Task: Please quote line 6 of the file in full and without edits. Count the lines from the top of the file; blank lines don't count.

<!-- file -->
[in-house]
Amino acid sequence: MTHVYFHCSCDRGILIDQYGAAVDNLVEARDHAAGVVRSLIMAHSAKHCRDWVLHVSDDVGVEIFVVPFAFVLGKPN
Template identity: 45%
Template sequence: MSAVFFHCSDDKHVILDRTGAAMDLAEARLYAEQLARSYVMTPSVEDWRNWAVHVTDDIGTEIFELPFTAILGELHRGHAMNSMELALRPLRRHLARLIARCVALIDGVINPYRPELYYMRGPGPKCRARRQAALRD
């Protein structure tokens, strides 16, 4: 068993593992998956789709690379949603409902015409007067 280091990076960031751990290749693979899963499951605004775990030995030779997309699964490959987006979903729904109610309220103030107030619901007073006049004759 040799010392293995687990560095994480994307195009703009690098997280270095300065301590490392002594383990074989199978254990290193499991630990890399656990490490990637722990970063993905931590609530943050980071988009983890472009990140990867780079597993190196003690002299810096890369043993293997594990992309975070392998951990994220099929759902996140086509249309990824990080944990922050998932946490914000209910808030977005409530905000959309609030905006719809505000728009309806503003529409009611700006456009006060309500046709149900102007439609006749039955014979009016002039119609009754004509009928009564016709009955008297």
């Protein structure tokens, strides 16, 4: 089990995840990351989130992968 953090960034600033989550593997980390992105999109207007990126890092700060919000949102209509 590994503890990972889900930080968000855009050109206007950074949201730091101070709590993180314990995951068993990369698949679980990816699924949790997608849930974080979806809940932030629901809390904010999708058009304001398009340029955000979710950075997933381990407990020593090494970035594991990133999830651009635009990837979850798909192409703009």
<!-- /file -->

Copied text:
């Protein structure tokens, strides 16, 4: 089990995840990351989130992968 953090960034600033989550593997980390992105999109207007990126890092700060919000949102209509 590994503890990972889900930080968000855009050109206007950074949201730091101070709590993180314990995951068993990369698949679980990816699924949790997608849930974080979806809940932030629901809390904010999708058009304001398009340029955000979710950075997933381990407990020593090494970035594991990133999830651009635009990837979850798909192409703009």